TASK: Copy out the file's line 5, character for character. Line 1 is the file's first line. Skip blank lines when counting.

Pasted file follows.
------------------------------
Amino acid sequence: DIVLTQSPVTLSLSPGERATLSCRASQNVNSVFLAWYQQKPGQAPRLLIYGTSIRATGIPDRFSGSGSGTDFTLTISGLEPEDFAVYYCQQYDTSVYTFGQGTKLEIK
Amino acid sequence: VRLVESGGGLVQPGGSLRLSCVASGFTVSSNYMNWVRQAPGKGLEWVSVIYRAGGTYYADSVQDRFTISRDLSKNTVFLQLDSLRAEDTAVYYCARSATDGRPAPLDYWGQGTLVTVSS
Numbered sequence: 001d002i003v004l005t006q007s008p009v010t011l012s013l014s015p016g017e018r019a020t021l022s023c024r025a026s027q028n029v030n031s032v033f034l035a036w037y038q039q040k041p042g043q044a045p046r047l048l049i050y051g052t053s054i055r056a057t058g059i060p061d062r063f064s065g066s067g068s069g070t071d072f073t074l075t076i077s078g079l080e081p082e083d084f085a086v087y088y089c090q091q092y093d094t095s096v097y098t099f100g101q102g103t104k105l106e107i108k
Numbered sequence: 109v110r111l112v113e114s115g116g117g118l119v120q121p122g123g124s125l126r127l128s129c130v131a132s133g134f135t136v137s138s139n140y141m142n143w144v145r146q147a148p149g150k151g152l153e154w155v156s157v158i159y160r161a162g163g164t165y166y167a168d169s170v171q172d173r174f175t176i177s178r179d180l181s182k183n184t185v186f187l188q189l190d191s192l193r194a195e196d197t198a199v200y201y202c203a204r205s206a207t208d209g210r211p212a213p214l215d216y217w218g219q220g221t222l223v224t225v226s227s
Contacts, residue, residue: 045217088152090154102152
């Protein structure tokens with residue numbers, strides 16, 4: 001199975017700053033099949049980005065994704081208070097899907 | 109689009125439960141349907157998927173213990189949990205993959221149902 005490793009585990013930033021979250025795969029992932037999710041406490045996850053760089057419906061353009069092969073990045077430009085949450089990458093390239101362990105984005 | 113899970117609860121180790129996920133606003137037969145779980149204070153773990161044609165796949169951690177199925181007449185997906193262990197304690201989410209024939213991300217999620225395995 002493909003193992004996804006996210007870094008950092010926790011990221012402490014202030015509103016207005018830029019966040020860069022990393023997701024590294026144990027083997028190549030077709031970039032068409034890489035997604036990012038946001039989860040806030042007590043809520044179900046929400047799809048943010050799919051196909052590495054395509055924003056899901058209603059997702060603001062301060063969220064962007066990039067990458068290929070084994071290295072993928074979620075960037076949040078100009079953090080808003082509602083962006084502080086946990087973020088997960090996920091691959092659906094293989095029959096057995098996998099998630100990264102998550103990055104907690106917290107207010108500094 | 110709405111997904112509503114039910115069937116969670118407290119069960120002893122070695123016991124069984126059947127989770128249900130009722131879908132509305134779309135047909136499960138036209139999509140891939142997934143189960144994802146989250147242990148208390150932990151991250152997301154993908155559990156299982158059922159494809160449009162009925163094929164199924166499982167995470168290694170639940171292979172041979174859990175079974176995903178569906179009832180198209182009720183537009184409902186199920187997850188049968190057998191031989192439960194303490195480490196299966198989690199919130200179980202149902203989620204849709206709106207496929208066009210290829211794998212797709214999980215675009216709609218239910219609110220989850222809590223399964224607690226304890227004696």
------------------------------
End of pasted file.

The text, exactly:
Contacts, residue, residue: 045217088152090154102152